Here’s the conundrum of customer experience and digital transformation. On the one hand, consumers, rocked by high-profile data-privacy scandals, are increasingly leery of sharing their personal information. On the other, those same consumers expect brands to know who they are and to deliver relevant experiences.
In an exclusive study we conducted at Acquia, 78 percent of consumers are loyal to brands that understand what they want, but over half don’t think brands use their data thoughtfully. When personalization demands data, what’s a brand to do?
Recent privacy incidents have one thing in common: a lack of transparency. To avoid an embarrassing scandal, brands must clearly communicate data practices with consumers and be specific about how they use data. A mutual agreement or “handshake” between brands and consumers provides certainty about which data can be used and how.
In this agreement, brands can rewrite the rules of personal engagement and win back consumers’ trust. There are three steps to creating agreements that work:
1. Create clear policies
GDPR and other upcoming regulations like the California Consumer Privacy Act (CCPA) call for clear disclosures around personal data collection. Many consumers are now familiar with the pop-ups required for website visitors. Brands should treat these pop-ups and their privacy policies as the initial part of the personalization handshake instead of as regulatory agreements. They need to use simple language and clearly explain how much data will be used and for what purposes. Few brands take advantage of the fact that they can offer consumers options in the way their data is used and customize their site’s personalization features to reflect these preferences.
For example, some customers might not want to share their email to receive discounts, but they might wish to see personalized recommendations during their site visit. To meet these needs, a policy must make it easy to opt into distinct interactions. If consumers feel like they have agency over the little things, they’ll feel more in control and likely to trust the brand.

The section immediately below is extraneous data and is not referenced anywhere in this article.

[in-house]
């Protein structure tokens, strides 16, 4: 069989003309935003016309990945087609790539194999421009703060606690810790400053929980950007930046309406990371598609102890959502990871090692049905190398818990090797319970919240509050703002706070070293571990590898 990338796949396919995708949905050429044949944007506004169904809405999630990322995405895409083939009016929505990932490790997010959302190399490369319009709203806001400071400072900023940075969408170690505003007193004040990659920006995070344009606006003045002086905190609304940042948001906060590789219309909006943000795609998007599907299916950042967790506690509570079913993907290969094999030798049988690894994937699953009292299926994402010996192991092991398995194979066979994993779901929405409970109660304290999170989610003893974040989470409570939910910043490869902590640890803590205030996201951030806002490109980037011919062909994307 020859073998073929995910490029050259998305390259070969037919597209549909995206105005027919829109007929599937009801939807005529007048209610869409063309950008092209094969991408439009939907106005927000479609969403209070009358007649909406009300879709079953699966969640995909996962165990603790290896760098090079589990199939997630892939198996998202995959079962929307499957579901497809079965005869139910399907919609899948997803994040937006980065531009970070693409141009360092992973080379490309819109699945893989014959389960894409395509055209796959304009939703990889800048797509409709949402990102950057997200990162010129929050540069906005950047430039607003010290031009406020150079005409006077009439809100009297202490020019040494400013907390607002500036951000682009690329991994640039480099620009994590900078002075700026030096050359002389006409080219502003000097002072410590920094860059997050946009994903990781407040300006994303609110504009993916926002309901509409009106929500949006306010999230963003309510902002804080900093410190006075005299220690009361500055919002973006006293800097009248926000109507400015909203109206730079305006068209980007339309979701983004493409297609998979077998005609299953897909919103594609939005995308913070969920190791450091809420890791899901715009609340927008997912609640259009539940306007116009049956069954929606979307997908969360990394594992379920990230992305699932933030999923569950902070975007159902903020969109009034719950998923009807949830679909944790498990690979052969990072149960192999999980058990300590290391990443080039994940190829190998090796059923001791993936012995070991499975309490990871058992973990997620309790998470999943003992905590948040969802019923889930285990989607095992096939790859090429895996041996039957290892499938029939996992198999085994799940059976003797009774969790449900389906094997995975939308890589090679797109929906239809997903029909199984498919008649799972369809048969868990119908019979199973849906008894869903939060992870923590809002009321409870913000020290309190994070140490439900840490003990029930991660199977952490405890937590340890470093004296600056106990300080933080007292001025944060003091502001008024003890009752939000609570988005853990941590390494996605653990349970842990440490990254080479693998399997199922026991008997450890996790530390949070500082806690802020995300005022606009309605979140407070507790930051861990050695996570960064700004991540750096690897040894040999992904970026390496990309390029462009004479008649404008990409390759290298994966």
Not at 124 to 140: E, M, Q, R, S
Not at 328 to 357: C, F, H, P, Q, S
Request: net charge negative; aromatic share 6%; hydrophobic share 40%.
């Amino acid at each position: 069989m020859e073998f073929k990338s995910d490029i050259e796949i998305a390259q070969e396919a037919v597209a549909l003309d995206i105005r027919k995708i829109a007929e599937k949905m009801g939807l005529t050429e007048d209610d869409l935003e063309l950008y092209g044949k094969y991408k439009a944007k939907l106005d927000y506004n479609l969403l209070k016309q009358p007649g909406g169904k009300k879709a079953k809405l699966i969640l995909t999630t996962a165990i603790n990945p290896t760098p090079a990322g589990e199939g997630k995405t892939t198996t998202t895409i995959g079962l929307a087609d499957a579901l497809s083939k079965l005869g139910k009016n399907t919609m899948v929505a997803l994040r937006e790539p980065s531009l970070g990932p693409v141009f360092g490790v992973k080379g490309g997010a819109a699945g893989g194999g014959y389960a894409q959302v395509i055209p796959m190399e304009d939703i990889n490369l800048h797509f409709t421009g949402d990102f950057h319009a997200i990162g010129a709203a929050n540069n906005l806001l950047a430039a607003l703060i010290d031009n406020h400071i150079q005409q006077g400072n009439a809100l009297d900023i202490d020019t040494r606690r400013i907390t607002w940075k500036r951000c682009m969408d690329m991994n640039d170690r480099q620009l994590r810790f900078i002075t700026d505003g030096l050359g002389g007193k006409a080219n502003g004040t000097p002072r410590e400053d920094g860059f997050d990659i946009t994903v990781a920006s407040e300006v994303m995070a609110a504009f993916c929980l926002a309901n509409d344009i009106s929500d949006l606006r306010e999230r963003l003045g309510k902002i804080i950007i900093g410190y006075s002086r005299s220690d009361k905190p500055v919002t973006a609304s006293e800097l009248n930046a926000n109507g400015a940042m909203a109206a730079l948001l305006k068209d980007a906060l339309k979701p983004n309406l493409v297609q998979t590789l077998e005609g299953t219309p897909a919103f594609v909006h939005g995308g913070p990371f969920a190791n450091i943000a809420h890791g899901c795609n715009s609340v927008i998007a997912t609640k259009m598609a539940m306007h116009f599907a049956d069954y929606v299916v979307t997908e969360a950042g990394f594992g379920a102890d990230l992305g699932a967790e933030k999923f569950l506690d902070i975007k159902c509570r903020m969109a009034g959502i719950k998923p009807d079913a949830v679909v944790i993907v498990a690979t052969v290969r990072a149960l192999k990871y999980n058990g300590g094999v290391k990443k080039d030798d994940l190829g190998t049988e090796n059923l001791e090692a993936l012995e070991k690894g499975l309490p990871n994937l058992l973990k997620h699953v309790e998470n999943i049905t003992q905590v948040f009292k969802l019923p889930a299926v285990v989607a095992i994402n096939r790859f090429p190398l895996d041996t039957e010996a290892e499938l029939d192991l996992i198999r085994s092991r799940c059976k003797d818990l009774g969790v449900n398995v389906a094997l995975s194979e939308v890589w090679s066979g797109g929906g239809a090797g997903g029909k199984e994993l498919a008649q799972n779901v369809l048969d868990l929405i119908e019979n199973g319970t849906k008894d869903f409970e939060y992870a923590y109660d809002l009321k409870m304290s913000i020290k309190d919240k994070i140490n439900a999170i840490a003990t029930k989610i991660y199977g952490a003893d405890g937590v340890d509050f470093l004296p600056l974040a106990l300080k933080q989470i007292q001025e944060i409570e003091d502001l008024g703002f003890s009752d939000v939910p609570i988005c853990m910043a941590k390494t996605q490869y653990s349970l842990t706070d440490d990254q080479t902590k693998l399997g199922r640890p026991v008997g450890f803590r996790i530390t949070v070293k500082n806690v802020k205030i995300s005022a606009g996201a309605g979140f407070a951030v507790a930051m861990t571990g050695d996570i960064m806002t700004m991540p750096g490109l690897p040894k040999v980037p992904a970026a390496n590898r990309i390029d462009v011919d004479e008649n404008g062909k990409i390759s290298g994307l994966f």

2. Avoid storing personally identifiable data
By 2020, personal data backup and archiving will represent the largest privacy risk for 70 percent of organizations, according to research from Gartner. That’s a 10 percent jump from 2018. The larger issue is that many brands hold data they don’t need for effective personalization experiences. A general rule of thumb: If you don’t need it, don’t ask for it (let alone store it).
In particular, brands might not need to request names, addresses or other specifics right away. Asking for too much information up front can feel invasive to the site visitor, and often this level of detail isn’t needed for effective personalization.
Instead, brands should create generalized, anonymous customer segments that are based on the customer’s behavior, known facts and preferences. As trust builds over time, customers are more likely to provide additional information for further customization.
For example, consumer X, let’s call her Melissa, is going on an adventure trip and looking for a good sea kayak. She’s been researching her options and has returned to an outdoor store’s website multiple times to browse. Useful forms of personalization could include serving kayak results upfront when she returns, offering her content on choosing the right kayak or offering her a personalized discount.
None of these executions would require the use of personally identifiable information. Data such as IP address can still be stored, but in a shortened, anonymized form. After she purchases a kayak, she might join a loyalty program or opt-in to receiving personalized emails about the best places for ocean kayaking near her. At that point, she is receiving actual value in a fair exchange for her PII.
3. Be human
Above all else, brands should treat personalization as an opportunity to be more human with customers. More than half of consumers surveyed by Acquia agreed that brands are behind the times with how they interact with customers, both online and offline. Too few companies recognize the opportunity for personalization to drive human interactions and make customers feel heard.
Take for example the experience a consumer named Andre had. He called a customer service line after interacting with a brand online, only to start at square one with the rep on the phone. Imagine a scenario where Andre had opted into providing his online information to the rep and avoided the frustration of having to explain himself all over again. With effective personalization tools, brands can create the types of cross-channel experiences that leave customers feeling satisfied rather than frustrated with their interactions.
No brand wants to fall behind the times. To avoid this perception, you shouldn’t be afraid to embrace personalization to create better customer experiences. But like all good relationships, personalization should be based on a foundation of trust. Brands have an obligation to create a new playbook on responsible data use, or they could risk losing customers permanently.
As Acquia’s CMO, Lynne Capozzi oversees all global marketing functions including digital marketing, demand generation, operations, regional and field marketing, customer and partner marketing, events, vertical strategy, analyst relations, content and corporate communications. Lynne is one of Acquia’s boomerang stories, first serving as CMO in 2009, leaving in 2011 to pursue nonprofit work full-time, and returning in 2016 to lead the marketing organization into its next stage of growth.